One thing tech PR professionals consistently ask clients for is whether they have new customer stories. While these assets can be tricky to negotiate, they are crucial to an effective communications program, especially when it comes to using those insights to differentiate clients’ messaging from the morass of generic ‘me too’ product marketing that’s out there.
A good customer story can be a brand’s biggest asset, serving as a powerful tool when it comes to building credibility with prospective customers and investors, as well as increasing customer loyalty, boosting sales, and enhancing marketing materials.
The Catch22 in all of this, however, is that customers are busy and have a number of competing priorities on their plate at any given time. More often than not, this results in their reluctance to participate in such activities, either for their own reasons or due to other constraints, such as their own policies around supplier endorsement; unwillingness to divulge sources of competitive advantage or regulatory agreements. And for those that are willing to talk, it can sometimes take time to encourage them to prioritize their customer stories over other pressing tasks.
That’s why it is key to find creative ways to overcome the challenge of not having a straightforward customer case study or name to share publicly.
So, how can a brand demonstrate expertise and customer success when customers aren’t willing to talk?
Here are a few of my thoughts on the subject…
We have worked with many brands over the years that have faced that age-old dilemma of not being able to name their customers, so we have had to get creative in how we tell those stories. One technique we use to achieve this is by honing in on the expertise and capabilities that enabled the client company to overcome a specific set of challenges, highlighting the issues that are being felt more broadly by players throughout the industry and outlining the approach that was taken to help overcome them.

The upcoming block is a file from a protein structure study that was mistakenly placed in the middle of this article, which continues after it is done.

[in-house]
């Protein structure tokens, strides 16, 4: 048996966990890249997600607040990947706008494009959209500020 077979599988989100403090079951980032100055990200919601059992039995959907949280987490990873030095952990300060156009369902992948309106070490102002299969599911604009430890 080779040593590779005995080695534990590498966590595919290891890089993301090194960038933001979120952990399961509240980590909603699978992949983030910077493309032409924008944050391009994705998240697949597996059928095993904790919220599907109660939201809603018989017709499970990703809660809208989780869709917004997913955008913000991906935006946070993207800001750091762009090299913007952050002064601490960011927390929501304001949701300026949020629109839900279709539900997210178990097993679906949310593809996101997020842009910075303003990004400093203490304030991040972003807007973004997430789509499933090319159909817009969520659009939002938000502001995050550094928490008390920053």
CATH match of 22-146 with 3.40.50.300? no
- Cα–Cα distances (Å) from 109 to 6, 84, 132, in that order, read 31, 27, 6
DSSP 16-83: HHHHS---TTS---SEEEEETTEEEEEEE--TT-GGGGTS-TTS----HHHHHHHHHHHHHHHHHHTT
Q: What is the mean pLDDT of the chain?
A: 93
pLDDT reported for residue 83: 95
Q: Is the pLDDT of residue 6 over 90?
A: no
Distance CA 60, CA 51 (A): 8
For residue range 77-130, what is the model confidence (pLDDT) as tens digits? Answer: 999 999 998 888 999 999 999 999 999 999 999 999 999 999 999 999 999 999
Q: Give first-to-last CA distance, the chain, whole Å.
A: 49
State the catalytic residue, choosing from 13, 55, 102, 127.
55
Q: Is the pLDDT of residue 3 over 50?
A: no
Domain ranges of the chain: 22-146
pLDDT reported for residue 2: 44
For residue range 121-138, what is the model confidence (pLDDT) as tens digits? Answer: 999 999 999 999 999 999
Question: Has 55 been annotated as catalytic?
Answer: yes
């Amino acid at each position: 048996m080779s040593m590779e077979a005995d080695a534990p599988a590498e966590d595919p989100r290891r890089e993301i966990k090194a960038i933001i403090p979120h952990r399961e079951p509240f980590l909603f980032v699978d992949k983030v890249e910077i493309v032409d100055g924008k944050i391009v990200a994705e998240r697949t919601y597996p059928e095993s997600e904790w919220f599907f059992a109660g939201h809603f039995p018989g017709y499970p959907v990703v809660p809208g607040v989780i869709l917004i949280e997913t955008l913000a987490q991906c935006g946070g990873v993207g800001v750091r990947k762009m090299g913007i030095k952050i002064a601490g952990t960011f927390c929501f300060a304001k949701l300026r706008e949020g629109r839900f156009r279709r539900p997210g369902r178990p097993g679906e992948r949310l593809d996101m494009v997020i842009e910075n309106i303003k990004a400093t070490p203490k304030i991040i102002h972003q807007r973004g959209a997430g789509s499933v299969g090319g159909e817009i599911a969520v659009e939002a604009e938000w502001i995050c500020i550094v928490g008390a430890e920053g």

While a brand may not be able to directly mention a customer by name, that doesn’t mean they cannot still create an anonymized case study and showcase it on their website, use it for supporting messaging for media, analyst or sales discussions, or in wider marketing materials.
Data points are like gold dust in these situations – any statistics that show tangible business impacts like increased ROI, time saved, money saved, increased productivity go a long way to telling a well-rounded, results-driven story and point back to product or service validation of the brand. An anonymous example could look like, ‘Using our technology/service, one of the top pharmaceutical companies in the US was able to cut costs by over $50,000 a month and reduce workload time by 63%.’ These data points are also great for executives to weave into their social media comms and especially good to strengthen a talk track if they are speaking at a conference or on a panel.
A brand may also find it has customers that represent one, multiple, or dozens of key sectors like healthcare, insurance, finance, or education. It’s important for a brand to show results-driven stories that show expertise and ability to deliver impact in each sector, even if anonymous examples are used. This information goes a long way in showing prospective customers how the client’s expertise and offerings can help them overcome similar challenges and bring that story to life.
Brand executives can then also showcase their expertise in these sectors through blog posts, LinkedIn and Medium posts, along with a regular cadence of Tweets; demonstrating how their knowledge of the sectors and how their product or service can support each area, using the anonymous customer examples and supporting data points.
Another way for a brand to stay competitive is to keep its finger on the pulse of industry and macro trends. They can use these to tie back to the product or service offering to demonstrate expertise and understanding of a particular challenge and how to overcome it. This can be done through media commentary, weekly blog posts, industry panel discussions, and social media amplification. This approach can help elevate a brand and its executives to that of a higher-level thought leader in particular sectors where they can then also reference the anonymous customer stories to serve as proof points.
In conclusion, just because a brand cannot name a customer, that doesn’t mean they can’t showcase their expertise. The points outlined are just a few guideline examples to help brands overcome the lack of referenceable customers by demonstrating at a higher level that they understand their customers and prospective customers industries and challenges, and that they provide a product or service to overcome them as the main factor, while using the anonymous customer examples as supporting points. This can also serve to arm a brand with wider thought leadership presence and demonstrate they have the expertise to tackle the industry challenges their audiences care about.